Auditing: An In-Depth Analysis.

Audit Methods Explained

This topic engages with the different audit methodologies and suppliers

Traditional Company Audit:

This method involves approaching a professional auditing firm, receiving a formal quote, and having a dedicated team assigned to conduct the audit. It's characterized by a high level of formality and structured process. I intentionally also include “decentralized” firms with a pool of independent auditors.

Has one large problem which is the scaling factor, the firm wants to grow which means they need to hire more auditors, often sub-optimal auditors are then hired which cannot provide the same value as the senior auditors that have built the great name.

The past has shown that even the most reputable companies have performed poor audits.

Ideal for: Large projects with sufficient budgets that prioritize thoroughness, professionalism, and potential compliance with future web3 regulations.

Solo Auditor:

Solo audits are conducted by individual auditors. They are less formal and usually more flexible in terms of scheduling and requirements.

Ideal for: Smaller projects or startups with limited budgets, where the primary focus is cost-efficiency and quick turnaround times. Additionally can be conducted as initial audits or final clean up audits.

Audit Contest (Code4rena, Sherlock, ..):

Audit contests involve multiple auditors or teams competing to find vulnerabilities in a smart contract. This method tends to attract a diverse range of talent and perspectives.

Ideal for: Projects with medium to large budgets that require a broad sweep of potential issues and can afford to conduct post-contest mitigation.

Static Analyzer Company:

This is a company which is solely focused on marketing, audit reports often yield automated findings which are common upon static analyzer tools. No real security value is provided. This report is an example:

Ideal for: Nothing, pure trash, avoid at all costs even if you get paid for letting them audit your codebase.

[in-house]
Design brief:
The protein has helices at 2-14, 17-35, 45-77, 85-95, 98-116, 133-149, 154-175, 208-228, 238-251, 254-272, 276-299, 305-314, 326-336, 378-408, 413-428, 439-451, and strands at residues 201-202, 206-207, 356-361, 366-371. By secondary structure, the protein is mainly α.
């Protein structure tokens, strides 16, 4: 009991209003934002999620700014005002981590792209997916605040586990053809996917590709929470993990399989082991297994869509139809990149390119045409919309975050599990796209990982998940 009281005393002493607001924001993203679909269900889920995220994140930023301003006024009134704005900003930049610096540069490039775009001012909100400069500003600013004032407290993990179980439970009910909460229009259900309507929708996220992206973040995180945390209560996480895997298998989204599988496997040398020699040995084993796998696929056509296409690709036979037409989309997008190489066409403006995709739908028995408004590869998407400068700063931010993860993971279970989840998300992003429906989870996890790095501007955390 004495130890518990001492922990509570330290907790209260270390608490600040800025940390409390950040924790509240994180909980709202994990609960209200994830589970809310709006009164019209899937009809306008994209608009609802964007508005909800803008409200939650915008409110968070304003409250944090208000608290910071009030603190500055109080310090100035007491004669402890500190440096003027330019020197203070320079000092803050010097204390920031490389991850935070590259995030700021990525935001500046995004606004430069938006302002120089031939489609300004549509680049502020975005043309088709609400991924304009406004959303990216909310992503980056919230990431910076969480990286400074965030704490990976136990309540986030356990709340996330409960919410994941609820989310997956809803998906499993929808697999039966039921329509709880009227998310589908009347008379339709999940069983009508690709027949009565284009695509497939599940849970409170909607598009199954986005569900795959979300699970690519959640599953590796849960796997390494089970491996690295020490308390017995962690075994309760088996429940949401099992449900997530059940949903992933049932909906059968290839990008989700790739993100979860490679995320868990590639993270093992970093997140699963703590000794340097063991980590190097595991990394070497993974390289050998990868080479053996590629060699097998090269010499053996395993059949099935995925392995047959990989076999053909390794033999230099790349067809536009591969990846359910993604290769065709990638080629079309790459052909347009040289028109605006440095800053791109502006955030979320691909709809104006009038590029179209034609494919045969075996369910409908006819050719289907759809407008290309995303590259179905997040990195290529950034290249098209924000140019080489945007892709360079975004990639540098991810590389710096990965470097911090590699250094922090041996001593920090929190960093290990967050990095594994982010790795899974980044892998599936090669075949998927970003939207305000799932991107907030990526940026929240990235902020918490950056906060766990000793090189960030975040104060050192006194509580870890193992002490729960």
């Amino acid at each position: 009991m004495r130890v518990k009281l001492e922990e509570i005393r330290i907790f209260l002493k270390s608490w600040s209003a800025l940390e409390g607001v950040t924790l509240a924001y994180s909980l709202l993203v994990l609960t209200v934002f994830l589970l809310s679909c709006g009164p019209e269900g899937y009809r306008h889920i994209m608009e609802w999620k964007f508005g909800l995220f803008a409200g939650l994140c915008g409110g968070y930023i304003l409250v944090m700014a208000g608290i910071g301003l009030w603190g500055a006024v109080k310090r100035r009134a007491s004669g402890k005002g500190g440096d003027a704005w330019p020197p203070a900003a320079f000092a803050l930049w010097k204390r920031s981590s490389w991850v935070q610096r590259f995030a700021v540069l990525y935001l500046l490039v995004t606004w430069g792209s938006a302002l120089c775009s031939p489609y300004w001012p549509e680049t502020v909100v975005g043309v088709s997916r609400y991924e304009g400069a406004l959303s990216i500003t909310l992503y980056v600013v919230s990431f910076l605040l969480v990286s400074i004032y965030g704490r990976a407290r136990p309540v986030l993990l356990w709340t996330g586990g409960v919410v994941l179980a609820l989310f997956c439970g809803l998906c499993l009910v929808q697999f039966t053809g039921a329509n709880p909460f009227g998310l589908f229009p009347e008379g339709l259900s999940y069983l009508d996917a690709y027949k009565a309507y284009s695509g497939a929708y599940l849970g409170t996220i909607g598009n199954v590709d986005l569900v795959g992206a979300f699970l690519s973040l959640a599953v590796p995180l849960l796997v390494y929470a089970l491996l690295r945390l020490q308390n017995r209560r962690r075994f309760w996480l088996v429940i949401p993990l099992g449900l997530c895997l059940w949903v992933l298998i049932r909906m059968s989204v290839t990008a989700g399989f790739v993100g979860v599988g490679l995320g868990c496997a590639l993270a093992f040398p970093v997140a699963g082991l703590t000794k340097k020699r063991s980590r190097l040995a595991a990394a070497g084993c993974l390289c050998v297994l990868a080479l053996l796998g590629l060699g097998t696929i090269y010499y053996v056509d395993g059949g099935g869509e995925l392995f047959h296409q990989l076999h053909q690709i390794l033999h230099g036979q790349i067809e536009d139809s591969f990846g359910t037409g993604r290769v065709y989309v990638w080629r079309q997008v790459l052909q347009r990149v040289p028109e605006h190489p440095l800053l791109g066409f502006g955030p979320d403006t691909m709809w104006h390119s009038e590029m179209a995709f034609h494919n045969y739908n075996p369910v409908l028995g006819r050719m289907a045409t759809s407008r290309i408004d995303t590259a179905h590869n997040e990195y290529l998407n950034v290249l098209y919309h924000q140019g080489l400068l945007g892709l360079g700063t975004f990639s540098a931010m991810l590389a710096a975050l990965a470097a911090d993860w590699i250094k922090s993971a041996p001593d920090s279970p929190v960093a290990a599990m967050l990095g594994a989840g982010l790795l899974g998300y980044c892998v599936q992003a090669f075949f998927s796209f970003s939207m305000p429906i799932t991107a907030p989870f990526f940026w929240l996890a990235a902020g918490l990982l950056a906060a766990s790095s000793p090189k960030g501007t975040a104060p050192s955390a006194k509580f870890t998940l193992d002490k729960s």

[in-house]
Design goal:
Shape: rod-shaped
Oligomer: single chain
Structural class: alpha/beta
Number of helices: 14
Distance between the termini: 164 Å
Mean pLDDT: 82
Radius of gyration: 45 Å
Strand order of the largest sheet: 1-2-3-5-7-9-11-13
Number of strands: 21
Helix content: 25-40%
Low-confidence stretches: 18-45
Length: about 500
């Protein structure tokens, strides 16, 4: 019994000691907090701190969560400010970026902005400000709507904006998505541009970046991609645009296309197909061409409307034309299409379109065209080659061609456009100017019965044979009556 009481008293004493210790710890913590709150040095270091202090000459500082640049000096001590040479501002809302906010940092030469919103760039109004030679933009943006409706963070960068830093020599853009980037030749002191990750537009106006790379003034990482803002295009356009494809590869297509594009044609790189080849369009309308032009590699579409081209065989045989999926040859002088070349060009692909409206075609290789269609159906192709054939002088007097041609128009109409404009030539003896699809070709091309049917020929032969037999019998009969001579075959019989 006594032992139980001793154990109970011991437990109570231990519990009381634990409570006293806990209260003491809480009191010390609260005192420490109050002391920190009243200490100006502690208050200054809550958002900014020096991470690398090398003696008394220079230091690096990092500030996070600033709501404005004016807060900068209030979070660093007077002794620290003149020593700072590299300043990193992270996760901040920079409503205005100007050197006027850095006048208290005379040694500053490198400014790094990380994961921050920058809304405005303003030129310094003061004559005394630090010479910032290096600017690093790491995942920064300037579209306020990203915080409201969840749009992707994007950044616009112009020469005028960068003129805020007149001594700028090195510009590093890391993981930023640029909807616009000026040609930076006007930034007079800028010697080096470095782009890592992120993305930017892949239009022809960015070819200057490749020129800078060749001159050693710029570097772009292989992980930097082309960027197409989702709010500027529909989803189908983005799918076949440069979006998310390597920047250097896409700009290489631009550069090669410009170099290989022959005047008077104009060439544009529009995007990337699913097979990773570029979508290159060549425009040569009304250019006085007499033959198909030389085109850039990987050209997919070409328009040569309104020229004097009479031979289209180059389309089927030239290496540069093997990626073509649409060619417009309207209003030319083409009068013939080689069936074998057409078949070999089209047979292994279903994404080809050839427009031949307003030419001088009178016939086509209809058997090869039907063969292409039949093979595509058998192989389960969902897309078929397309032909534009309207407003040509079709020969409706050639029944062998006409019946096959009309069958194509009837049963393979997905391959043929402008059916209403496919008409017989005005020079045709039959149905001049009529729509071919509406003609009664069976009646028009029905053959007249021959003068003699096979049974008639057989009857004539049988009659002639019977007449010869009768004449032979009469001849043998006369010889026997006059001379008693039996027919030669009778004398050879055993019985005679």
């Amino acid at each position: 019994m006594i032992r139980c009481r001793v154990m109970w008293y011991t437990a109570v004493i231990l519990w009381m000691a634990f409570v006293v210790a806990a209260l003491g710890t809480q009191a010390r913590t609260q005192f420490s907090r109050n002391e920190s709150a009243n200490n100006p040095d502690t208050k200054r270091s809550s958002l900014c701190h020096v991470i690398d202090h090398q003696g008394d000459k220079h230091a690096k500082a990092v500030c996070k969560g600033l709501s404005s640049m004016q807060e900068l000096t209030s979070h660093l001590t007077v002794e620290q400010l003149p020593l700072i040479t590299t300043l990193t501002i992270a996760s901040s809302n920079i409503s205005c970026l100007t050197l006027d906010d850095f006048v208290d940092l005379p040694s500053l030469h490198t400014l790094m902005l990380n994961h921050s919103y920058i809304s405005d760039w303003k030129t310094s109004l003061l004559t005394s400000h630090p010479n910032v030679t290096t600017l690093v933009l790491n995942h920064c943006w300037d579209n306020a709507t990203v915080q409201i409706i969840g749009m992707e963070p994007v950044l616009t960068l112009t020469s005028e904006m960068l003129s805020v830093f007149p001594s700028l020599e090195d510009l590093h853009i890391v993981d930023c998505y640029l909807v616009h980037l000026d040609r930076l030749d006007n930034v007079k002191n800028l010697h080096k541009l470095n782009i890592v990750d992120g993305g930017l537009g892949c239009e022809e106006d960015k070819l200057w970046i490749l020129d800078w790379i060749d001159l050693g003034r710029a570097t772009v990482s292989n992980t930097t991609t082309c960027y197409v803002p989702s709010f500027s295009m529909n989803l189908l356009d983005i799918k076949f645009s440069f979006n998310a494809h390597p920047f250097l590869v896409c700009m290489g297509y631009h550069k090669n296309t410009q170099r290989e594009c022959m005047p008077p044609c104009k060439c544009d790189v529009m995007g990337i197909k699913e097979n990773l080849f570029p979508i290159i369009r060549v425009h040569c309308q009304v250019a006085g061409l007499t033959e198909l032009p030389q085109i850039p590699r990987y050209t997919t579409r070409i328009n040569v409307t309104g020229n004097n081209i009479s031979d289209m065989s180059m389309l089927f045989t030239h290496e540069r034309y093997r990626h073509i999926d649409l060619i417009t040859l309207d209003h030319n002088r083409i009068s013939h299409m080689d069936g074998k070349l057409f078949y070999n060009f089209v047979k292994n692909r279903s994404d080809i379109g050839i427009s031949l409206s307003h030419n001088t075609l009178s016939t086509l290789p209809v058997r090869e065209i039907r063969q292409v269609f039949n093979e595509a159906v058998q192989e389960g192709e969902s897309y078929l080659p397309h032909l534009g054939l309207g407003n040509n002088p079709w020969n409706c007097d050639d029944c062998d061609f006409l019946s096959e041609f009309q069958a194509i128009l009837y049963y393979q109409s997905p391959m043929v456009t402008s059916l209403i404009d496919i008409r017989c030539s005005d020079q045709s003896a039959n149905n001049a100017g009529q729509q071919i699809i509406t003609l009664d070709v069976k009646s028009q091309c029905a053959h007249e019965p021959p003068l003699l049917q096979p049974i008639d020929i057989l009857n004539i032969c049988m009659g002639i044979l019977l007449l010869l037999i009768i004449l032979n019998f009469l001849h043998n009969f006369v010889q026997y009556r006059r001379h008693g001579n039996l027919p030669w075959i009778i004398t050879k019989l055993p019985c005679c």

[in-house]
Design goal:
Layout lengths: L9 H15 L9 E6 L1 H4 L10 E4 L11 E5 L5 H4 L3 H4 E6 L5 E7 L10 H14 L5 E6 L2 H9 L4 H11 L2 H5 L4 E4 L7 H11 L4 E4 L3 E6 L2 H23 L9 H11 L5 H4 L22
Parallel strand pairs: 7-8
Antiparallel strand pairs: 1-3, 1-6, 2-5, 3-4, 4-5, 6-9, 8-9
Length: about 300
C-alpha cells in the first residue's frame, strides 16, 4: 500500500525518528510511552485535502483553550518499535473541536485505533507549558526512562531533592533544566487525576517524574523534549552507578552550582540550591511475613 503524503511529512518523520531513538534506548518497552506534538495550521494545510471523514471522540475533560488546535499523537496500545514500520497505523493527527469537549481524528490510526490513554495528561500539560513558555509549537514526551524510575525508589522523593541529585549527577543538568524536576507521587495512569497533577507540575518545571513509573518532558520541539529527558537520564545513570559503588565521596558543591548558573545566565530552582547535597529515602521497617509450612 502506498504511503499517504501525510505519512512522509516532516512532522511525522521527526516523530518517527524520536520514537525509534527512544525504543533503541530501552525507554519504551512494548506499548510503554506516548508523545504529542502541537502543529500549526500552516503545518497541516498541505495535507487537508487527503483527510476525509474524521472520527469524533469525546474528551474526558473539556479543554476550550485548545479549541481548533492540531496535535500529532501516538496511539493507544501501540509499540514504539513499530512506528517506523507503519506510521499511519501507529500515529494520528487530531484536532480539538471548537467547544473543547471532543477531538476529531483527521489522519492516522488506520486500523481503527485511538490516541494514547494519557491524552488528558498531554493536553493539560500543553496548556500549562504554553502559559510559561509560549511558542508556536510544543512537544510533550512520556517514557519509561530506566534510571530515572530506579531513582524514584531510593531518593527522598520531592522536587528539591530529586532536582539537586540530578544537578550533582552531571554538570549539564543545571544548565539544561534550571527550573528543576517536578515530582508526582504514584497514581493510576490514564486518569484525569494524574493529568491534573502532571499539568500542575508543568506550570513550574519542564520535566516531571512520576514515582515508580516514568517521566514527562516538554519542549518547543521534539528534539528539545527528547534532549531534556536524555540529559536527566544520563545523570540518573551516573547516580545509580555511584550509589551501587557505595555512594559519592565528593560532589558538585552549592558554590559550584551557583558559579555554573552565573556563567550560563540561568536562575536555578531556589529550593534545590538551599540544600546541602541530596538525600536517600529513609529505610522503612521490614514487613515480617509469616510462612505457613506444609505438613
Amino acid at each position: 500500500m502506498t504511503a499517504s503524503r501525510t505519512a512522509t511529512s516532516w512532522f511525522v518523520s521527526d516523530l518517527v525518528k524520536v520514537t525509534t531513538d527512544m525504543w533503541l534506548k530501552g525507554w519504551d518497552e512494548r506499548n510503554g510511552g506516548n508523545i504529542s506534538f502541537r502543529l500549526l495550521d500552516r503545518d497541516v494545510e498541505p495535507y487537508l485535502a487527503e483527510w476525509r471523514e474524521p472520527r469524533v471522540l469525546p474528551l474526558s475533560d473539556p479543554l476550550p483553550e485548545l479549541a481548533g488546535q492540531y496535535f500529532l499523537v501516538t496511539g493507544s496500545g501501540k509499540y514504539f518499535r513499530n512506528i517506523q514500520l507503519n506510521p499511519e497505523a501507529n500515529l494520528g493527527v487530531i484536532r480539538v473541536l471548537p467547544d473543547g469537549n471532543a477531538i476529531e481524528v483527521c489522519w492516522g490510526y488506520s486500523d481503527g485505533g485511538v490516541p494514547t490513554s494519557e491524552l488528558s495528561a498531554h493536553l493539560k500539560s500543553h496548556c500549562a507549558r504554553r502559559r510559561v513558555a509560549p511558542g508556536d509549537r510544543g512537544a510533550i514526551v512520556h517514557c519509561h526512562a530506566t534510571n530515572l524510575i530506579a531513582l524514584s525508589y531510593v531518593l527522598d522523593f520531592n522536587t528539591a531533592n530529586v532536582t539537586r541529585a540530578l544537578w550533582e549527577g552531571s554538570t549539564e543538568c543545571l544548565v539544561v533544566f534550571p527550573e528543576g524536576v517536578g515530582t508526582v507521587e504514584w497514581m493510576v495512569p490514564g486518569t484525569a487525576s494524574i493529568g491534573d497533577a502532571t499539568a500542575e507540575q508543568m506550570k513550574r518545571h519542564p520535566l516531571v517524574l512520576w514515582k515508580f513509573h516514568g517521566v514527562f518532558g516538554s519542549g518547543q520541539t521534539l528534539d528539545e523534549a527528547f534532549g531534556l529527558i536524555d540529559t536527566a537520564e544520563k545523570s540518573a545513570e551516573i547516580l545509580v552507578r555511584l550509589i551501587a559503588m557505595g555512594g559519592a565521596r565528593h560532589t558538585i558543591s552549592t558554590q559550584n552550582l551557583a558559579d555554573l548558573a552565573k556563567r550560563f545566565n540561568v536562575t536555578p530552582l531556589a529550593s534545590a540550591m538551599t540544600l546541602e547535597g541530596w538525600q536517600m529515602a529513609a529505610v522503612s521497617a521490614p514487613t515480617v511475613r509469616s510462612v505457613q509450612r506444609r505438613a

Provider Analysis: Pros and Cons

Traditional Audit


- Access to a team of auditors, often with ideal skillsets.
- Professional management of the audit process.
- Benefits from corporate marketing and potential future regulatory compliance.


- High cost.
- Uncertainty about the specific auditors assigned. This is the point where most firms fail, simply due to scaling purposes which then requires them to assign less-optimal auditors. Remember, really great auditors are still rare.

Key Consideration: Ensure clarity on the auditors’ qualifications and experience.

Solo Auditor


- Cost-effective.
- More direct communication and less formal process.
- Skill level can be verified, though it requires discernment to not be deceived by great marketing skills.


- Variable auditor skill levels, supply of great auditors is low.
- Limited resources and lack of synergy compared to other methods.
- May not comply with future regulatory standards, most of the time its a private service and not a regulated entity.

Key Consideration: Validate the auditor's expertise beyond their marketing presence.

Contest / Competitive Audit


- High participation leading to detection of many common issues.
- Quick scheduling.
- Effective for a broad vulnerability sweep.


- May miss deeper, complex issues, contests are often with sub-optimal deadlines and auditors might focus just on certain parts which then results in non-identified issues with regards to cross-contract / larger scope issues.
- Can be expensive.
- Senior auditors might be scarce, experienced auditors almost often switch to the private route
- Lack of post-audit resolution, needs a full new audit.

Key Consideration: Effective when combined with other methods.

Budget-Friendly Strategy

Incorporate a seasoned researcher into the development team for an internal audit, followed by an external review from another experienced individual. Compensating with tokens can be a cost-effective strategy.

Ideal Audit Strategy

  • What would I do if money is not a topic?
  • Include a solo researcher in the development process for ongoing review.
  • Conduct a main audit with a reputable auditing firm.
  • Follow up with a contest-style audit to catch any residual issues, ideally finding none.


As you can see, there are many approaches and it is clear that no approach is perfect, everything here has its pro’s and con’s, but that's life and you have to deal with it.

How we would to handle it

1. Approach an audit company, ensure that you their best auditors, preferably these are already known via contests, public media or past experiences. This will yield the first formal audit which ideally mitigates all issues and also serves as potential certificate for the future if regulations arrive. And yes, they will come, there will be a day where it’s illegal to deploy a contract without having a certified audit.

2. Approach a solo-auditor to conduct a follow-up audit with the target to specifically focus on deep logical bugs.

3. Thoroughness and talent costs time, this will reflect in the quote - if you get a cheap quote the possibility is high that insufficient resources will be allocated.

This is what we think the best strategy to get the most quality for your “buck”.